From the desk of the Lt. Governor:
Walking into a Ruritan Club Meeting House, my eyes quickly sweep across the room, looking for someone, anyone, wearing a name tag. Why? Because that name tag is a welcoming beacon that says “I’m friendly. I am approachable. Come talk to me!”
When I don’t see anyone in the room wearing a name tag, my heart sinks. I’m one of “those people” that has a really hard time remembering other people’s names. I know how important it is to remember everyone’s names, and I struggle with that issue. People that can meet someone one time for just a moment or two, and remember their name forever simply amaze me! I simply don’t have that gift! Hopefully that doesn’t make me a bad Ruritan – I’d like to think that I still have a lot to offer Ruritan!
All of those memory enhancement techniques that are taught by memory experts help, but when meeting several people at once, the names go in one ear and fall out the other. Hope springs eternal, and I keep on trying, but I love to see other people wearing name tags because then I don’t spend precious time apologizing for the fact that I will probably forget their name shortly after meeting them.
But enough about me.
When a potential new member, or a scheduled speaker, walks through that same Ruritan Club Meeting House door at a meeting, they are immediately at a social disadvantage. One that could make them very uncomfortable. (Maybe they have issues with remembering names, just like I do!)
When a person is in a group of people where everyone else knows everyone’s name, he or she may feel vulnerable. Very few people are comfortable in a crowd when they are the only “stranger.”
In some cases, the visitor may get the impression that the other people in the group don’t even care enough to make newcomers comfortable in the group. That is one of those “first impressions” that our clubs may not want to be making.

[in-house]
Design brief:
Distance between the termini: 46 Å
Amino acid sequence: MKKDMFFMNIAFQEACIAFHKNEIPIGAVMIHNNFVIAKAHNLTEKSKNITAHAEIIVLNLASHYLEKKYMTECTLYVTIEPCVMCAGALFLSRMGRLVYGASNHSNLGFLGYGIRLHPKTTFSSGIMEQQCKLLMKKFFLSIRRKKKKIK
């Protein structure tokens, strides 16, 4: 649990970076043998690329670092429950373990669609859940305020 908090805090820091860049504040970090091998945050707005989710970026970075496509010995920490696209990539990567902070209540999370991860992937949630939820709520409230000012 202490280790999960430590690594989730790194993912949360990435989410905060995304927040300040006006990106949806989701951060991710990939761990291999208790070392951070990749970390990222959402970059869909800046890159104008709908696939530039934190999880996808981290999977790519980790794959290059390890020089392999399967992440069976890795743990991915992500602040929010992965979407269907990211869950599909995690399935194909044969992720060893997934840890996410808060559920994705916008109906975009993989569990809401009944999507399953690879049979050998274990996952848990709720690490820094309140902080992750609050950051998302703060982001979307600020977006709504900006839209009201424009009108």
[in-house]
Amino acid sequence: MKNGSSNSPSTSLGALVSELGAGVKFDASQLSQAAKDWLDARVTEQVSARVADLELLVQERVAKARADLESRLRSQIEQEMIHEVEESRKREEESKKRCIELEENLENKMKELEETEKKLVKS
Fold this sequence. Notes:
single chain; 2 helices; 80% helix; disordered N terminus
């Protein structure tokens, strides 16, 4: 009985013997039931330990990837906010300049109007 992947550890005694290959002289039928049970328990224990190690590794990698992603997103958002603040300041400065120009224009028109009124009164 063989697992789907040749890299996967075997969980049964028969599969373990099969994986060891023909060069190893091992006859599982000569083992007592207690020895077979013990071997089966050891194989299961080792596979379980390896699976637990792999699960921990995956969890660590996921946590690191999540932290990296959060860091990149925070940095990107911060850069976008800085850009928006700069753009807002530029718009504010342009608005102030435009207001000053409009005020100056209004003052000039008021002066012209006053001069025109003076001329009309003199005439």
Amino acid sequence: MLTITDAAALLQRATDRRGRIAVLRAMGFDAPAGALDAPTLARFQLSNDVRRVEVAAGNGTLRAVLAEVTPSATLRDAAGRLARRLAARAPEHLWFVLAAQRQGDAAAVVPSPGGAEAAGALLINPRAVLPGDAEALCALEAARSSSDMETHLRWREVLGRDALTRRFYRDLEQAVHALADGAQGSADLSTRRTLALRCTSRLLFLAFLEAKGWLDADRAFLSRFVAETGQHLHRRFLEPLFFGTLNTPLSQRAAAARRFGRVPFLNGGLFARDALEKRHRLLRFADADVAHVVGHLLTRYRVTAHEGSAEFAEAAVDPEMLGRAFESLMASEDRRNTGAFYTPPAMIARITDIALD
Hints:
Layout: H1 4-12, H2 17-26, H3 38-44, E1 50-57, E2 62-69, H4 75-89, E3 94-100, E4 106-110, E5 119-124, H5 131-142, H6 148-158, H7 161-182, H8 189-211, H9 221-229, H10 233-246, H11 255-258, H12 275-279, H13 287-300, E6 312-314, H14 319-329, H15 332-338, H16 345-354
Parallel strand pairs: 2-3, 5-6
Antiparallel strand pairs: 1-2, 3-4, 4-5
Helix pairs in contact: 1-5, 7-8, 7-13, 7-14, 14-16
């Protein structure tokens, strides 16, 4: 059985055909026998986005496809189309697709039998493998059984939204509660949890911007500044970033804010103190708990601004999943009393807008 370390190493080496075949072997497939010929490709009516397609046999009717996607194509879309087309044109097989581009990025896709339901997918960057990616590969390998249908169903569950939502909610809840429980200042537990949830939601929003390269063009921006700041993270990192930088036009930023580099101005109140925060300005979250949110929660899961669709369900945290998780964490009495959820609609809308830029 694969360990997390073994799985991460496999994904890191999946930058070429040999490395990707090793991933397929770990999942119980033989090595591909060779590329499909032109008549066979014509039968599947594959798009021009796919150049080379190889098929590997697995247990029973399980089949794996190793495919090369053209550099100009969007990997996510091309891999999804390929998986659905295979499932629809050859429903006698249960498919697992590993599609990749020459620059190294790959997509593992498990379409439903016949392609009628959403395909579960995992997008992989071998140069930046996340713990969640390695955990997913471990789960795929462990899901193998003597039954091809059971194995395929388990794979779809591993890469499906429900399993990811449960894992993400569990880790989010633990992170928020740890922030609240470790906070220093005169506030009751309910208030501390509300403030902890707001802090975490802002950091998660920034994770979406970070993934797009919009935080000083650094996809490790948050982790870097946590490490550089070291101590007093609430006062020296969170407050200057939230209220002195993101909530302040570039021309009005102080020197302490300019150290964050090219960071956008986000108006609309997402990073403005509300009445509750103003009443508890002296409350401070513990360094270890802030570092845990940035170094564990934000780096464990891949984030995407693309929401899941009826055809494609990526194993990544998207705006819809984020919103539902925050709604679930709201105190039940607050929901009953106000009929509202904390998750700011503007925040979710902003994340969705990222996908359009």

Wearing a name tag increases the potential for better fellowship experiences for visitors. If everyone in the club were to wear their Ruritan name badges, the visitor (whether it is a potential new member, a speaker, or a visiting officer from District or National) will feel more comfortable being in the group. This level of comfort may help the potential new member decide to join the club, and it also may help improve the quality of the time of the speaker, or visiting officer. Quoting Martha Stewart, “and that’s a good thing.”
Our membership and fellowship committees can help ease the initial level of discomfort of being “the stranger in a crowd” by ensuring that the visitor gets a name tag, and that everyone in the room has a name tag. Even if it is just a temporary, sticky-backed paper name tag that says “Hello, my name is ____________.”
That name tag helps to level out the playing field, so everyone can see, at a glance, the name of everyone else. A member of the Fellowship Committee should greet everyone as they come through the door, and provide a name tag to anyone that does not have one.
If the person walking through the door is a new visitor, then the member that greeted the visitor should also ensure that the visitor is introduced to another member, who then becomes the visitor’s companion through-out the entire meeting. This is standard procedure for all clubs that are looking to recruit new members, and is pretty well documented in the Ruritan Handbooks and Guides.
If the club is fortunate enough to have a supply cabinet in the meeting location, the sticky-back name tags and assorted markers could be stored on-site, and brought out as people arrive to the meeting. If the club does not have that storage option, then the membership and fellowship chairs could bring them to the meetings. Alternately, each club officer could keep them in their briefcases/totes that they bring to the meetings.
These items are some of the least expensive tools a club can use to welcome visitors that have taken the time and made the effort to step through that door to see for themselves what that Ruritan club is all about. Making that visitor feel comfortable, by providing name tags is a good first step towards recruiting new members.
Not convinced? Recently I was reading a great blog article about good reasons to wear name tags. I’d like to encourage you to consider reading it as well. The article just might help convince you to start wearing your name tag more often – and not just to Ruritan functions!
I’d like to encourage ALL Ruritan Club members to wear their name badges to all Ruritan Club functions. You’ve got nothing to lose, and a lot to gain by wearing them.